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In the name of fellowship, local pastors bring churches together

In the name of fellowship, local pastors bring churches together

Just like any other Sunday, pastor of Cedar Grove Baptist Church Butch Wells took his place behind the podium and delivered his sermon.

But this sermon was not delivered to the usual churchgoers, nor was it delivered at his usual podium at the Faber church. Instead, Wells spoke at the Well of Nelson, located in Lovingston, to congregants of Cedar Grove Baptist Church, The Well of Nelson and also some members of Ridgecrest Baptist Church in Lovingston.

“I think the goal for today was to show that there were Republicans, Democrats, Libertarians here. There were Black, white, Hispanic, Asian, all of these things that divide us don’t divide us and they don’t have to divide us. What unites us is we’re here for a common good to lift up the reconciling God,” said Dan Magan, pastor of The Well of Nelson.

Wells compared bringing the two churches together to a small brush fire that was ignited behind the Well of Nelson after the service. That fire would begin small, but he said it soon would grow. He added through the story of Gideon, it was evident small numbers can be powerful.

He referenced Scripture from the book of Judges and the story of Gideon contained within its pages. Wells preached of Gideon, of Israel, a timid man who with only 300 soldiers defeated hundreds, if not thousands, of Midianites while being heavily outnumbered.

Through God’s guidance, Gideon and his soldiers surrounded the enemy’s camp and defeated the Midianites, a group that had depleted much of Israel’s resources, without dealing a single blow themselves. They did so by creating as much noise as possible, causing a panic within the camp, and the men killed each other in the chaos that ensued.

Months after a call to prayer was held at the Nelson County Courthouse in response to racial tension in the wake of the death of George Floyd while in police custody, pastors Magan and Wells decided to put words into action, bringing their churches together for fellowship.

“After the prayer time we had a couple months ago up at the courthouse we said, ‘Man, we got to put legs to something, we can’t keep talking, let’s do something. Let’s actually get our families together and send a message that we are together and that what bonds us is the Holy Spirit,’” Magan said to the dozens of people gathered.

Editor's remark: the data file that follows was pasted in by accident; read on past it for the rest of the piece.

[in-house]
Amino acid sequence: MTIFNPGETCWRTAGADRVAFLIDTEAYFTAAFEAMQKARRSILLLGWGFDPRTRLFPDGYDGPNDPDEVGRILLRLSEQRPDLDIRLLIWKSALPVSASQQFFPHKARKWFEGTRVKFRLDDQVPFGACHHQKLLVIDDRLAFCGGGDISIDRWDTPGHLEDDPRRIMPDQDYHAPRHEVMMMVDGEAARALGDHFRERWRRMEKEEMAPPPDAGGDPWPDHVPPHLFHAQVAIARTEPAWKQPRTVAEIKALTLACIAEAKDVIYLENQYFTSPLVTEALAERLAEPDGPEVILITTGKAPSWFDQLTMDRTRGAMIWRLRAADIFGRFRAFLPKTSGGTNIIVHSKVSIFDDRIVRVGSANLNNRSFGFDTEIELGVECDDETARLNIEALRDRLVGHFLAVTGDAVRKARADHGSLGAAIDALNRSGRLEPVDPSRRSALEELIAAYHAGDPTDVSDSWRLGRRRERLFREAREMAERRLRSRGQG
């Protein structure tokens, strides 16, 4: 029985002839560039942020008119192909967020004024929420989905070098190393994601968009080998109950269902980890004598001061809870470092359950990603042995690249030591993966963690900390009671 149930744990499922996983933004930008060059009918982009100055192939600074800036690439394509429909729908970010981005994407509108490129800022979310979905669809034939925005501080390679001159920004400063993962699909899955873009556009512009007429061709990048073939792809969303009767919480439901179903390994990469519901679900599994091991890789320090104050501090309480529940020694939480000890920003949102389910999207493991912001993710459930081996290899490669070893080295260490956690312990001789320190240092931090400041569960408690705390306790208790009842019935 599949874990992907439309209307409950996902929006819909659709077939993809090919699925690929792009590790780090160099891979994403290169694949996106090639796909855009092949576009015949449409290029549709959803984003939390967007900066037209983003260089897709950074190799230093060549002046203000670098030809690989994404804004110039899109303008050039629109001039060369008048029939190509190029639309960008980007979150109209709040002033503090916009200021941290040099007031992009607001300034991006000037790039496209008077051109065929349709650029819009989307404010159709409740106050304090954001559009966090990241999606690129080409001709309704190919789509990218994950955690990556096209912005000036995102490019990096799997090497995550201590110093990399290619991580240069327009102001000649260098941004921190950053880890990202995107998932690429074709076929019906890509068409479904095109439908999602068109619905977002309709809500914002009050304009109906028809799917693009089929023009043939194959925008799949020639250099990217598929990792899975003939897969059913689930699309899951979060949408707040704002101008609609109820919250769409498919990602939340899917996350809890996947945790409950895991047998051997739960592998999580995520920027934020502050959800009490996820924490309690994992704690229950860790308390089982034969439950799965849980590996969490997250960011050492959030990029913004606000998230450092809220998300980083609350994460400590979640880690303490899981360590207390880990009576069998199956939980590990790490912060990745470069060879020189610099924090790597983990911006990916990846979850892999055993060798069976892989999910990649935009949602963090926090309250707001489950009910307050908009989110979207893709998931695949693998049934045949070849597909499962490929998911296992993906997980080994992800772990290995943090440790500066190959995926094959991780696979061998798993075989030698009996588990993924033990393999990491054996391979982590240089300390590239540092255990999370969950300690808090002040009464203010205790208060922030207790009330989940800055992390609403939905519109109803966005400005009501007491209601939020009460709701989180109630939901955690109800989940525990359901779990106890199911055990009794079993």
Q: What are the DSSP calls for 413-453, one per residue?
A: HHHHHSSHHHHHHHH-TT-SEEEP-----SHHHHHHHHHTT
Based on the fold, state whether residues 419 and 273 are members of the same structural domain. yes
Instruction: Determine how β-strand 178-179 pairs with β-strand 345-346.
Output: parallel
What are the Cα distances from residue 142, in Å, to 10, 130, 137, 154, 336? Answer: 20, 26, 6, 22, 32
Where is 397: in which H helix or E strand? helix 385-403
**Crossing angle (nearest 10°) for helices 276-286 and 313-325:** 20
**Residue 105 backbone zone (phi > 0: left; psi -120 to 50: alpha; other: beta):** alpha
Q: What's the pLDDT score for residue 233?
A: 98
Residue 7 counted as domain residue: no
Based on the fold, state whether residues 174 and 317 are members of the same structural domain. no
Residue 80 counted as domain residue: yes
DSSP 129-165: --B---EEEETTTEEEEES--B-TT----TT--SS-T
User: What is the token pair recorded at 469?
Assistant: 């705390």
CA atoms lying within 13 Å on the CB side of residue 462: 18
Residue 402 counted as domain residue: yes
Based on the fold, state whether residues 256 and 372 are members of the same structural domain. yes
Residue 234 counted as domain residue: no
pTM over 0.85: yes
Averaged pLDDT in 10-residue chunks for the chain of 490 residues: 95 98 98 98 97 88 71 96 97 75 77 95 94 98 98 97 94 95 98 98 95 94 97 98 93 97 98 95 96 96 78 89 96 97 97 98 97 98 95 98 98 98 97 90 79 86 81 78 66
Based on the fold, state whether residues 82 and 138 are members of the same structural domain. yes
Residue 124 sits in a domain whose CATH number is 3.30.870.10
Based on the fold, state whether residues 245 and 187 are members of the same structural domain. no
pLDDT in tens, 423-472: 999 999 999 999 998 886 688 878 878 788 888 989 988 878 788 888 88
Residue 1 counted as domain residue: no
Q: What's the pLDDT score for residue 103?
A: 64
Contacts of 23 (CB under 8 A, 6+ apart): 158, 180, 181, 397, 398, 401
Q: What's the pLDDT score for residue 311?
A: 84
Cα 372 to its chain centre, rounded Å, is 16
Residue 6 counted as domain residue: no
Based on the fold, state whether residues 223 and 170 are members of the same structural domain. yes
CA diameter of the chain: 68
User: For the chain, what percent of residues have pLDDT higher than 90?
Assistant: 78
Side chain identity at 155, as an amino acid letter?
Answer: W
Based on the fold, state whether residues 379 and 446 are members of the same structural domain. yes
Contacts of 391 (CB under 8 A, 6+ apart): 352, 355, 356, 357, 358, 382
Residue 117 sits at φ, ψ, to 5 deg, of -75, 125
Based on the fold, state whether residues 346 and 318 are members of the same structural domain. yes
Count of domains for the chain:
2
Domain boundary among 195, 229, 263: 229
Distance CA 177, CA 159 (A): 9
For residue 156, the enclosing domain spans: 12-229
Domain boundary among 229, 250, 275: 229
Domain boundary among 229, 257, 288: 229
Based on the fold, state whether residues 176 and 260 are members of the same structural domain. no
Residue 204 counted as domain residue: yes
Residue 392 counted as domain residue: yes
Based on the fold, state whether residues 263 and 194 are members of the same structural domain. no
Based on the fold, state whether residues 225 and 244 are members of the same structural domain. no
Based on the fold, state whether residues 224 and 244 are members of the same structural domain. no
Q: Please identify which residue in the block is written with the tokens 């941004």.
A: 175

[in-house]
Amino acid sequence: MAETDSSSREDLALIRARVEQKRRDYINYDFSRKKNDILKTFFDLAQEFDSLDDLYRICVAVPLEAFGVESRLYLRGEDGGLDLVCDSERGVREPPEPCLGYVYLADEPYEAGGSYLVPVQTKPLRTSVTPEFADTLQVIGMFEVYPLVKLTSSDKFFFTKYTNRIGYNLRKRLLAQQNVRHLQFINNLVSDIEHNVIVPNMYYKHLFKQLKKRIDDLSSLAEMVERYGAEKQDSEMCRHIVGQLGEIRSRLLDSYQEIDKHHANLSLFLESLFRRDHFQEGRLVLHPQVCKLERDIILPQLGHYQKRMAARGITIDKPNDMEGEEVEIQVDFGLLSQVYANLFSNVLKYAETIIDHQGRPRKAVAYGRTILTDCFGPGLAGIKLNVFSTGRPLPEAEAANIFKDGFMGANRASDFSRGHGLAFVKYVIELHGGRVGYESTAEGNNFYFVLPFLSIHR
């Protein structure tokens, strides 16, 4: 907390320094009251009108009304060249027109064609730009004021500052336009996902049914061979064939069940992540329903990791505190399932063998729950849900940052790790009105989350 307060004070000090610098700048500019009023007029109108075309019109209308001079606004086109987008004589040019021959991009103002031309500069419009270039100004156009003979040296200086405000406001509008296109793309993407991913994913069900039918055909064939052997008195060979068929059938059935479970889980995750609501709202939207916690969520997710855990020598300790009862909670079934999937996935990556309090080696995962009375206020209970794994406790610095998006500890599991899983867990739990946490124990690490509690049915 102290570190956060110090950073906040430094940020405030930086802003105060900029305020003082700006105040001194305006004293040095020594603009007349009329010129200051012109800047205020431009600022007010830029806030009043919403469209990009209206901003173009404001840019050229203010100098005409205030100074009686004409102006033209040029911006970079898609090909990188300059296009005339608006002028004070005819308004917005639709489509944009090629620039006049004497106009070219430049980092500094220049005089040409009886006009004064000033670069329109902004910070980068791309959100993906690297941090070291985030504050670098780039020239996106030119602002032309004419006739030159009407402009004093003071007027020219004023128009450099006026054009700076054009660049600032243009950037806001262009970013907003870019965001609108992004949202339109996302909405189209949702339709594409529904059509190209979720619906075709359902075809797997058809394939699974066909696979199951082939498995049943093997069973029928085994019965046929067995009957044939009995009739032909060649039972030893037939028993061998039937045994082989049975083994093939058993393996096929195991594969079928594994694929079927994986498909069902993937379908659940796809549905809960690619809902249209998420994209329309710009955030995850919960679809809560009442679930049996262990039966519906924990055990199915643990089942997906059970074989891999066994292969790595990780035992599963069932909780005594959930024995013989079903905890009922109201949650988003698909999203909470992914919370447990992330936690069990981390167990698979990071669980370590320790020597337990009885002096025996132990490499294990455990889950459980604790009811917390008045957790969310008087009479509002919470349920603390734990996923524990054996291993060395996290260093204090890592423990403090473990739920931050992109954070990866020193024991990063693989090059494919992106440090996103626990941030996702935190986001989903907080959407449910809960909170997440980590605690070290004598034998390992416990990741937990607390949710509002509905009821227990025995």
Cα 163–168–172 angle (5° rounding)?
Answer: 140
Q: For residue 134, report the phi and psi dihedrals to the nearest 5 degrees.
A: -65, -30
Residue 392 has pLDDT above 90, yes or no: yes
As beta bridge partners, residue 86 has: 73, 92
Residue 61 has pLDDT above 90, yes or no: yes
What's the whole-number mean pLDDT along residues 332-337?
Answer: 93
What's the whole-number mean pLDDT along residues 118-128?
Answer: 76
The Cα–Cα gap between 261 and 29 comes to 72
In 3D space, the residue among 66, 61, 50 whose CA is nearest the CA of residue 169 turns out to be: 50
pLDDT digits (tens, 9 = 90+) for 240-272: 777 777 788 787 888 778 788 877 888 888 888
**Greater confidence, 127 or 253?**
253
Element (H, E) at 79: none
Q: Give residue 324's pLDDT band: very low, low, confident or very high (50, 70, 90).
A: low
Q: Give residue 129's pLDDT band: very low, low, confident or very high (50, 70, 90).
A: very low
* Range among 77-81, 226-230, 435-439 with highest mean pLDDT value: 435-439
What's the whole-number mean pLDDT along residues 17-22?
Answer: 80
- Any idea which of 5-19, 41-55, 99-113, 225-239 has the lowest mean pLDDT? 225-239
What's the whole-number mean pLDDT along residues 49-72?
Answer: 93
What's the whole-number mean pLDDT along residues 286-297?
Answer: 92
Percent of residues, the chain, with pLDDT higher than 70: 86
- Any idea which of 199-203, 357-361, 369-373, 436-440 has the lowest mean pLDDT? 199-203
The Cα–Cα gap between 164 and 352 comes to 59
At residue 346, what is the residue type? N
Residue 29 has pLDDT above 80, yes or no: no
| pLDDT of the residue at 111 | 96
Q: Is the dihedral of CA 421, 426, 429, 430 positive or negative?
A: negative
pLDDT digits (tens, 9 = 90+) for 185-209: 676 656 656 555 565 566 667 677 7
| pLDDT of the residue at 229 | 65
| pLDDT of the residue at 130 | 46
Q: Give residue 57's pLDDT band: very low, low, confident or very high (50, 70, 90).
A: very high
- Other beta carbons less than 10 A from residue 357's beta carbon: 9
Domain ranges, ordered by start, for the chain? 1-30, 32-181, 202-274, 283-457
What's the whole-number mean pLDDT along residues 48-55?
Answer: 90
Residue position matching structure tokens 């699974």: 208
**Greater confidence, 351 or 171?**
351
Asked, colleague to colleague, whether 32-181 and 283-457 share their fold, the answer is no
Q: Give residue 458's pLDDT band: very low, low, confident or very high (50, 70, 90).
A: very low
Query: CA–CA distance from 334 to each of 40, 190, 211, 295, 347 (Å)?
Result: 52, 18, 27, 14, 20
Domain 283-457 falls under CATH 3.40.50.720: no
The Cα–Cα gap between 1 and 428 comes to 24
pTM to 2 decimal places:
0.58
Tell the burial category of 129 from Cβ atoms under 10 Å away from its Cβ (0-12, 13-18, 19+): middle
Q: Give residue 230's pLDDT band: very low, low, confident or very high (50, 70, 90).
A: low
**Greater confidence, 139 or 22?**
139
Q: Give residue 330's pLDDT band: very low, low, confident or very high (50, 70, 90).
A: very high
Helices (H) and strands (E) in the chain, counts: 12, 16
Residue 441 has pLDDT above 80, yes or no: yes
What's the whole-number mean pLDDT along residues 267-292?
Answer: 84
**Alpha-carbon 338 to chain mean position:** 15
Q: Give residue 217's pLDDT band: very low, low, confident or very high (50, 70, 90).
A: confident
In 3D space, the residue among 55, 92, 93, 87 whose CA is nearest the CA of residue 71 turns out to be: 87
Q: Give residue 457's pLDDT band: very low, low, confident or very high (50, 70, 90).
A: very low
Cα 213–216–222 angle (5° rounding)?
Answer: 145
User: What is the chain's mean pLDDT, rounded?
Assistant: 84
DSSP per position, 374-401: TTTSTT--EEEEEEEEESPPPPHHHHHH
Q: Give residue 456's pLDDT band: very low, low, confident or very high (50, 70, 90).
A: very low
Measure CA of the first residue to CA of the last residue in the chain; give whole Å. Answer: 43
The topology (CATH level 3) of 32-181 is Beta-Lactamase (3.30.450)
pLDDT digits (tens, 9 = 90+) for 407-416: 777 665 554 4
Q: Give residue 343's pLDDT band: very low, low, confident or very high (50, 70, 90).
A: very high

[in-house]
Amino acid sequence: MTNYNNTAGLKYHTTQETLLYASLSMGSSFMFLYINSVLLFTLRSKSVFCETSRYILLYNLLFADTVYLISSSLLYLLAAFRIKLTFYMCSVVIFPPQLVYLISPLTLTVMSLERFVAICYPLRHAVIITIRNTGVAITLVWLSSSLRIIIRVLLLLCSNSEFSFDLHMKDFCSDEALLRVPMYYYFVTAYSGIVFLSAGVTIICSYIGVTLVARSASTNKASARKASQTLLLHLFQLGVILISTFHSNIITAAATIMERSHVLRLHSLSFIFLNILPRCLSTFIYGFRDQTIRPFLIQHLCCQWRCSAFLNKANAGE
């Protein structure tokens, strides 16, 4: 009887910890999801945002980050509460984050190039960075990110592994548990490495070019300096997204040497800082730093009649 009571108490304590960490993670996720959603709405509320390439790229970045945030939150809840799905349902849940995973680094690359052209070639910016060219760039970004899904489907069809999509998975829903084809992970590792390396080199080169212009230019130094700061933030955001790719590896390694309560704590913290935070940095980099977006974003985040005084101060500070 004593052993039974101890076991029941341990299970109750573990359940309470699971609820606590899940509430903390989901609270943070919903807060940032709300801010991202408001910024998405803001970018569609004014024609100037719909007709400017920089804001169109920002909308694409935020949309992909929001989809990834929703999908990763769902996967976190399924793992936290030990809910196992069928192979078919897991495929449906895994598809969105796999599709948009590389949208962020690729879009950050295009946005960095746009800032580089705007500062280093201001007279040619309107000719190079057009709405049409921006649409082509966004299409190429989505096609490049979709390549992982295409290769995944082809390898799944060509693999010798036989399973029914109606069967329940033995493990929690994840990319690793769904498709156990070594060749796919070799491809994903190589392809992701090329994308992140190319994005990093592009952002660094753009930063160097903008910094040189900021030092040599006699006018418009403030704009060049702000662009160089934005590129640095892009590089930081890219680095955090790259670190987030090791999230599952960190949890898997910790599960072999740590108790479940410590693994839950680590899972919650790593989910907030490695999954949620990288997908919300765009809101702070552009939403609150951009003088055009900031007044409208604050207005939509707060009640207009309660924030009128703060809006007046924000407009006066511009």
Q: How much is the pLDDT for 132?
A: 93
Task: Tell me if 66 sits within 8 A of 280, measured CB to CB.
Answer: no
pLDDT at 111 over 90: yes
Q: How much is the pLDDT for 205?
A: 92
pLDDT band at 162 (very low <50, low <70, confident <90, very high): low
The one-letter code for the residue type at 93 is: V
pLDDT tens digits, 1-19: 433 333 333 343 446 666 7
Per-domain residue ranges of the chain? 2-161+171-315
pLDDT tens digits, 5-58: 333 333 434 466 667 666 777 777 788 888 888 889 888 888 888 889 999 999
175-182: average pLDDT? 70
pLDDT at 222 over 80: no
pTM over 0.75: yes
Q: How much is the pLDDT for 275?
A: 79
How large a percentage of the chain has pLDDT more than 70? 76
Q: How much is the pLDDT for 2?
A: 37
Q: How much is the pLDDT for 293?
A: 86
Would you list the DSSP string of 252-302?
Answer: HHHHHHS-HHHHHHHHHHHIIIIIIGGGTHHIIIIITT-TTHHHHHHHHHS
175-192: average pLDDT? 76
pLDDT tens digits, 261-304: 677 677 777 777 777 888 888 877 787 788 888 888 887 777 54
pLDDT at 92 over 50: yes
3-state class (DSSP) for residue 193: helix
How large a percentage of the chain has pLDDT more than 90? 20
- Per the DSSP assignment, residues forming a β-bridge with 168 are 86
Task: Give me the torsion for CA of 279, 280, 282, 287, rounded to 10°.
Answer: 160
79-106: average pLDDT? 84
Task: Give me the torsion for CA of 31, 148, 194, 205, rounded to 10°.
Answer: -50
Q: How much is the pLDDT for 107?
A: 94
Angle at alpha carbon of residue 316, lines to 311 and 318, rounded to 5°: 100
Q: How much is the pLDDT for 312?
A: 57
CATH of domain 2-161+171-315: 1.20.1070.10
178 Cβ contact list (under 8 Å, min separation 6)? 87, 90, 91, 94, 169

The roughly dozen faith leaders that spoke during the June event prayed over the need for racial equality and justice, emphasizing the role faith plays in bringing about that change. They all shared a similar message as well: the need for people to come together and break down barriers.

“The fire we’re going to start today is a match, and it’s going to burn so hot that we’re going to look back one of these days and say, ‘How in the world did this take place?’” Wells said.

This Sunday, the roles will switch, with members of the Well visiting Cedar Grove Baptist Church and Magan delivering the sermon.

The idea to get the two churches together, Wells said, was the result of the two pastors’ friendship. The pastors originally intended to have other Nelson County churches participate, but they eventually dropped out.

David Turner, deacon of Cedar Grove Baptist Church, said he hoped the service on Sunday could continue to build and grow from and continue to bring together the many small churches that operate in Nelson County.

Magan said attendance has been down at The Well of Nelson since the beginning of the COVID-19 pandemic.

“It’s something that’s positive in the community that we need to have now a days because its been so separate for so long and we need to close that gap,” Turner said.

Tawanda Bowles, a member of Cedar Grove, also attended the Sunday service at The Well. She said she was “very much” looking forward to the service this Sunday.

“We should fellowship in spite of our differences,” Bowles said. “I’ve been very encouraged today, I look forward to many, many more services like this.”

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